THE NETHERLANDS - In an effort to help authorities crack down on illegally traded lumber, scientists have begun analyzing regional differences in the DNA of wood - helping them determine the birthplace of the original tree within 10 miles.
Illegal logging is a serious problem in the United States, but potentially even a bigger problem in Europe, with an estimated $8 to $12 billion in lost revenue annually.
"By undermining sustainable forest management, illegal loggers are damaging natural ecosystems," said Professor Pieter Zuidema, Wageningen University in the Netherlands. "If these forests degrade, they will release CO2 into the atmosphere and contribute to climate change."
Despite 2004 regulations prohibiting illegally logged timber, actually cracking down on its trade is difficult. At the moment, customs officers still rely on paper trails to identify imported timber. These documents can be forged by criminals, or bought illegally from corrupt officials in the territories through which contraband timber is smuggled.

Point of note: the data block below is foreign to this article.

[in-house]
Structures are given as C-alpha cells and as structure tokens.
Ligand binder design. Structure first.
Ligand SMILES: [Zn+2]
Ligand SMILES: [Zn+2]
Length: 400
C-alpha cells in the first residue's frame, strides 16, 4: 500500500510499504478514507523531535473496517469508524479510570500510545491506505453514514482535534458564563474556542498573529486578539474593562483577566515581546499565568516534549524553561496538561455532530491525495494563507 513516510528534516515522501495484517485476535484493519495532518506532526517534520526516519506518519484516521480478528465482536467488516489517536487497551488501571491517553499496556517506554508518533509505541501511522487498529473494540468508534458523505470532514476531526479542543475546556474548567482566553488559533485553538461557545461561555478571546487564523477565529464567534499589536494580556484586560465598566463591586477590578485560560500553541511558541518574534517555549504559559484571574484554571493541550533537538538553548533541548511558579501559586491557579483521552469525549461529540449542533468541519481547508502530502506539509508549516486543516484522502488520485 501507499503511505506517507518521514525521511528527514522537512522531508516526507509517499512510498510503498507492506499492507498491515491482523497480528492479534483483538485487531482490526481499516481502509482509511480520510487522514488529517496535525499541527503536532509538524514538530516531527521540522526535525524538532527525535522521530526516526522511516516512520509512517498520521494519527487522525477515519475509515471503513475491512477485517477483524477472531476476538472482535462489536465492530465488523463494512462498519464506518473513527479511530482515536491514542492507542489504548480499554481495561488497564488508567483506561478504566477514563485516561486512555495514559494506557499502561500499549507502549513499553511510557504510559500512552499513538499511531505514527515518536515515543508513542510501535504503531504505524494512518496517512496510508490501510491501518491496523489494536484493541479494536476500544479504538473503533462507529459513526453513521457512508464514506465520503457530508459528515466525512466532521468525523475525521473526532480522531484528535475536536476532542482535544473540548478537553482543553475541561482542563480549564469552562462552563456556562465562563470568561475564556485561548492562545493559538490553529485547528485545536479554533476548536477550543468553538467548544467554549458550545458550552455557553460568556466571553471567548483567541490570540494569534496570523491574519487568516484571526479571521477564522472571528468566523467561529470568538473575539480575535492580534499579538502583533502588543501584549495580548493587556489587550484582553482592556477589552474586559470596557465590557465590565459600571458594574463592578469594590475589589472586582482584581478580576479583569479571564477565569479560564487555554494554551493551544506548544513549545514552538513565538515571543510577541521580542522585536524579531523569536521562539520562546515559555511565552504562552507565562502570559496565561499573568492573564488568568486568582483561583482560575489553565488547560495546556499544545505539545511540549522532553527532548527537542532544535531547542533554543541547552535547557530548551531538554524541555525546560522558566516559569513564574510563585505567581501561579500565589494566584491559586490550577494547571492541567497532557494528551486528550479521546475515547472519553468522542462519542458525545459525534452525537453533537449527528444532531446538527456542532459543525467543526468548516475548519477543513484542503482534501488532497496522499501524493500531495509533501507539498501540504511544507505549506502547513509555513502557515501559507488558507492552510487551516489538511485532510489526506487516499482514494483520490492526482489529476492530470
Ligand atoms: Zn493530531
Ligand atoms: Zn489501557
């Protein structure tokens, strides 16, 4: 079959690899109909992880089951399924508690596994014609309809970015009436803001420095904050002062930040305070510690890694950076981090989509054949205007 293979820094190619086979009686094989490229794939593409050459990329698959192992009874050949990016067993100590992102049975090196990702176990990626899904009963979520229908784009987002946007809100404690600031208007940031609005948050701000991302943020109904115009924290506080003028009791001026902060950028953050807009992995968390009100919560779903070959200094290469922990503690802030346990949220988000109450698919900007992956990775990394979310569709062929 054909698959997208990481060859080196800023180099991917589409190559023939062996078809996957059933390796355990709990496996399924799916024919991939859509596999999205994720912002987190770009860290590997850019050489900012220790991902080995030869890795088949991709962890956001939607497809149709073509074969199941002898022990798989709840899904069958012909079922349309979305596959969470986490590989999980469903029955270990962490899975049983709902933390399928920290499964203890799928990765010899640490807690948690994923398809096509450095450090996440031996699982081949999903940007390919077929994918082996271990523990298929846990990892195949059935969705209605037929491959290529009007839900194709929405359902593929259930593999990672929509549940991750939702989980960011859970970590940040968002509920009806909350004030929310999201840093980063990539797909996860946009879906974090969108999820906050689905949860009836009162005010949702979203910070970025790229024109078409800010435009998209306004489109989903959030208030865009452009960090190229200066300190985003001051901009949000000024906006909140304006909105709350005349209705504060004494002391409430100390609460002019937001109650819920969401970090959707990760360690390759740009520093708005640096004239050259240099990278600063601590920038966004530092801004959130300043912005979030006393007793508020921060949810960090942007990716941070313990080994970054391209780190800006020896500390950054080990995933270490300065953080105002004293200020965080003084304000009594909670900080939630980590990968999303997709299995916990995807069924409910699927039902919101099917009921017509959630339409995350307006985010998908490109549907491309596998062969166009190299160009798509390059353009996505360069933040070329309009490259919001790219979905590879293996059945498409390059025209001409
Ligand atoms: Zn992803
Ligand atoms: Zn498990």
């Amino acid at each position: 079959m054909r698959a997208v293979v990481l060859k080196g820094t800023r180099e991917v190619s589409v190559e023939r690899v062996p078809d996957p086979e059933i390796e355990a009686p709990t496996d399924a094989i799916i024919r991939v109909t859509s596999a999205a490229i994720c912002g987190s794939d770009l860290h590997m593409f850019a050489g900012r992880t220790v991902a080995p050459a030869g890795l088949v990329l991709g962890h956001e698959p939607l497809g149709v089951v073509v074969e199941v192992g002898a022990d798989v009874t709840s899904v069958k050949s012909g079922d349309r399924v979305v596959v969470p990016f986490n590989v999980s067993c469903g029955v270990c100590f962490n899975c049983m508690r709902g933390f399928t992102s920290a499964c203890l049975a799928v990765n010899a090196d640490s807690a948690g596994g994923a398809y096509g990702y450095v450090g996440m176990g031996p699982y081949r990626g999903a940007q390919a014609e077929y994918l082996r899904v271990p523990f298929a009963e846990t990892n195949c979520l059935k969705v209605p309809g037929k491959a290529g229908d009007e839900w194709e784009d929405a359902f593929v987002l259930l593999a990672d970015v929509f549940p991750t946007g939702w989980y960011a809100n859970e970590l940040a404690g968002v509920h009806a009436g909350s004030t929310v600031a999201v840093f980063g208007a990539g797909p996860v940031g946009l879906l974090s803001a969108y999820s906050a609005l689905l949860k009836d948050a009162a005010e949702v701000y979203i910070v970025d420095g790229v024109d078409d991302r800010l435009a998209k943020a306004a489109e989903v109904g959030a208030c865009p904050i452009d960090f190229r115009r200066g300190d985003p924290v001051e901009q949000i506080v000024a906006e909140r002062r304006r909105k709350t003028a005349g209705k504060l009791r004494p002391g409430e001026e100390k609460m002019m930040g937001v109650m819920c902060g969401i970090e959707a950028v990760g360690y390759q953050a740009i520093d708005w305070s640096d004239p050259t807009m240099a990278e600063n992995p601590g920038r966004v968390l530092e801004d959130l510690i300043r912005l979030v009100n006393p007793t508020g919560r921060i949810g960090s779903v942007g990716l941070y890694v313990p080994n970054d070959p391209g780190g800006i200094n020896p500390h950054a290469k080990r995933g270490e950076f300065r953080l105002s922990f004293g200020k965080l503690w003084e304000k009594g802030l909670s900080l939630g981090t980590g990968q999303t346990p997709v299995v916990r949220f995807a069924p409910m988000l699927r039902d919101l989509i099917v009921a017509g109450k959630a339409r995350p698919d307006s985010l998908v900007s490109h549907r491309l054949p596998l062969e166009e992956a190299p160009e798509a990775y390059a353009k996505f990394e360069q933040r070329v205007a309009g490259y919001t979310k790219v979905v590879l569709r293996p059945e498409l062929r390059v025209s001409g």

Zuidema looked through the DNA of Tali, a tropical tree found throughout Africa. Each region evolves its own familial traits and by measuring mutations in tree DNA, Zuidema can trace back Tali timber to its geographic origins. These records make it possible to verify the degree to which the DNA of timber reaching border controls is related to the specimens he sampled in the wild.

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